10 Things You Didn’t Know About St. Patrick’s Day



March 17 marks the celebration of St. Patrick’s Day annually around the world. It’s an excuse for people to get crazy drunk and for bars and restaurants to inflate the price of Guinness beer and Irish coffees. Most people celebrate by participating in bar crawls, going to Irish pubs, or watching the Irish-themed parades. Not a lot of people know the origin of the holiday, which is to honor the arrival of Christianity in Ireland by commemorating St. Patrick on the day of his death. Here are some other unique facts that you probably didn’t know about the green holiday.

Boston Started America’s Run

The first ever St. Patrick’s Day celebration happened in Boston, Massachusetts, back in 1737. Over 30 cities now have large-scale bar crawls and events on the holiday.

St. Patrick Isn’t His Real Name

He was actually born as Maewyn Succat. The name was changed to Patrick when he became a priest.

No Female Leprechauns

Unfortunately, there is no diversity in Irish folk tales that talk about leprechauns. All of them are referred to as male beings, which could mean that there would be a market for some new female-inspired tales.

Only Legal Holiday In 2 Cities

There are only two places that St. Patrick’s Day is legally a holiday. One is Suffolk County, Massachusetts, where Boston is located, and it’s recognized also as Evacuation Day. The other place is Savannah, Georgia.

10% Of Americans Are Irish

Approximately 33.3 million people in the United States are Irish or of Irish descent, which is roughly 10.5% of the nation. That doesn’t stop everyone from claiming to be Irish and getting hammered on March 17th. In comparison, the US total is seven times more than the population of Ireland.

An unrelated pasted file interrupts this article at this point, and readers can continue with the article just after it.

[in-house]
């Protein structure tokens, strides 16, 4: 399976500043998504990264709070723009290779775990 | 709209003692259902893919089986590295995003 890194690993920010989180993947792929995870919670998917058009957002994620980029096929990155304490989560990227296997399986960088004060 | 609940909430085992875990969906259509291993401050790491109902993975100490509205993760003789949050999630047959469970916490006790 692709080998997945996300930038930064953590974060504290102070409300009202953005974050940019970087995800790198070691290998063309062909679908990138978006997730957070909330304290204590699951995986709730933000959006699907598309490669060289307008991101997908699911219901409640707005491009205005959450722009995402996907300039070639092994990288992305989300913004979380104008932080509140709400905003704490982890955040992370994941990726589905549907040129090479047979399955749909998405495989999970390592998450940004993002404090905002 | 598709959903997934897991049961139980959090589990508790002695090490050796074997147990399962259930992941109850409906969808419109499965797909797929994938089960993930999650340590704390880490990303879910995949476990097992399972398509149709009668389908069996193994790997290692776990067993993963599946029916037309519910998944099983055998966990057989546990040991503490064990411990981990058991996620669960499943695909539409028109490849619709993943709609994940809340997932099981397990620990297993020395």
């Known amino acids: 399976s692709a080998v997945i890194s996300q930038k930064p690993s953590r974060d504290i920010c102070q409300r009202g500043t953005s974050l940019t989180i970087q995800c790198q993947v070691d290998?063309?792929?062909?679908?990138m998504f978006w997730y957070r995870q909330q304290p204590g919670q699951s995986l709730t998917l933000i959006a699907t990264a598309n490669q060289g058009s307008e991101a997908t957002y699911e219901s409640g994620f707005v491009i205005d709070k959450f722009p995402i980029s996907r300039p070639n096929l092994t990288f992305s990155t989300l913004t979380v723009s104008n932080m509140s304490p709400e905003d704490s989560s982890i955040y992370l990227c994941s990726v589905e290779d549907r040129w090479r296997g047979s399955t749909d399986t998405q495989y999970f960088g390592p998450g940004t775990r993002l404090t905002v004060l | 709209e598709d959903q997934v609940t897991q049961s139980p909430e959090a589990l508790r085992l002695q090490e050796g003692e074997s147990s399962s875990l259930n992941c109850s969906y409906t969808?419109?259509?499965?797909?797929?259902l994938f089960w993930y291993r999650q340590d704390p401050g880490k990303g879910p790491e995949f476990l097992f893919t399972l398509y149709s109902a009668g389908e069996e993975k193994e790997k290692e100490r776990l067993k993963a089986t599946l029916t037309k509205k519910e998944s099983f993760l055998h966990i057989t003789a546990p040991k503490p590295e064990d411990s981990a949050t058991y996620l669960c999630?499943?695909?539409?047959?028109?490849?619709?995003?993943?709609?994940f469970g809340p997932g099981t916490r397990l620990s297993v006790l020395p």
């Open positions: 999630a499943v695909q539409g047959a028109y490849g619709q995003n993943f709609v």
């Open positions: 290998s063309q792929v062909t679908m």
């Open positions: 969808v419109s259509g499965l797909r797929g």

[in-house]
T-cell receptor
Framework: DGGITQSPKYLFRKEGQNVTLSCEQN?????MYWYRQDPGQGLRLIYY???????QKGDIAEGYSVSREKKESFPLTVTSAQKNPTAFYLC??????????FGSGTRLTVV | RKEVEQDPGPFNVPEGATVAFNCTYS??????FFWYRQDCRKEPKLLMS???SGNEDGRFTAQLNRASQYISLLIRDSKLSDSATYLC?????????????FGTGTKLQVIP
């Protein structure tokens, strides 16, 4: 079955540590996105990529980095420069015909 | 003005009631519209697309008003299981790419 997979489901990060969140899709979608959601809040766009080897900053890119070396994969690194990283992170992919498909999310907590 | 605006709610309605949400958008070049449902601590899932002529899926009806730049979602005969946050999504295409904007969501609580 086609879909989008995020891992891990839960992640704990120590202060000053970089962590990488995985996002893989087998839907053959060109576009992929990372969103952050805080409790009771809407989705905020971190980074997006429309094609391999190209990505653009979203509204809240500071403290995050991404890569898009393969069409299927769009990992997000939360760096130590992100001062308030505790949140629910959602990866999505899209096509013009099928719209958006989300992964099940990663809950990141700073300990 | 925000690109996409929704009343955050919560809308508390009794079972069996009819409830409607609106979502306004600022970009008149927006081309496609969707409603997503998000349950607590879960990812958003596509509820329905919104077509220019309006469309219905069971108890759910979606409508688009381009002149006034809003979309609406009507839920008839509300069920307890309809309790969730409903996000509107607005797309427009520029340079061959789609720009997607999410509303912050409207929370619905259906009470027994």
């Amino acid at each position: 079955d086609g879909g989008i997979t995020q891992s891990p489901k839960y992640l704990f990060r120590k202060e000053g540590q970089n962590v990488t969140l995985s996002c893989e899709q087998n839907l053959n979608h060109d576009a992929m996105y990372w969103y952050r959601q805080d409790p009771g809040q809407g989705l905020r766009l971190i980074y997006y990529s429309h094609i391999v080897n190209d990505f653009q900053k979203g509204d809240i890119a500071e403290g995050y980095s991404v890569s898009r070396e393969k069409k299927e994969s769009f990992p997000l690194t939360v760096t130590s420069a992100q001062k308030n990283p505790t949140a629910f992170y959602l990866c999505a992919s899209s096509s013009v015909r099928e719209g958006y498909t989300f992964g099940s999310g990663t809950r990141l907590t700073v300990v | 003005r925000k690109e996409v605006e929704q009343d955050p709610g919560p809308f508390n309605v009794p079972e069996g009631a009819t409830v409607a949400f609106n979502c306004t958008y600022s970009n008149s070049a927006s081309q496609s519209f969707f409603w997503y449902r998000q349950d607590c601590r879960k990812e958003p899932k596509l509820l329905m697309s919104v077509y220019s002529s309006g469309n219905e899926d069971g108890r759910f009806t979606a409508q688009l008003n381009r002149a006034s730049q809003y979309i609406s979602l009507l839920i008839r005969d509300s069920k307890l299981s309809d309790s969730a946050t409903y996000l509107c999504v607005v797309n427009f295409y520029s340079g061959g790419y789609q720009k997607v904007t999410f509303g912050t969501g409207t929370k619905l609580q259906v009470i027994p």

Everybody Drinks Guinness

Over 13 million pints of the famous beer, Guinness, will be drank on St. Patrick’s Day. It’s widely the most famous beer to get on this day, meaning the markups for it in most places will skyrocket.

Pubs Closed In Ireland On Holiday

Throughout most of the 20th century, specifically from 1903 to 1970, Irish pubs were actually closed to celebrate the holiday. This was due to religious observances and the worry of people getting really drunk, which has been completely changed these days.

George Washington Honored Holiday

On March 17, 1780, Washington rested his troops to let them honor the Irish as they also fought for independence.

Lots Of Green Items Sold

Americans will spend on average around $35-40 on green objects — clothing, hats, glasses, necklaces, etc. — to celebrate St. Paddy’s Day. That’s an estimated sales of over $5 billion nationwide.

Shamrock Isn’t Symbol Of Ireland

There’s a lot of people that believe the shamrock and the country of Ireland go hand-in-hand. Actually, the shamrock was used just to teach about the Holy Trinity. The harp is the icon of Ireland.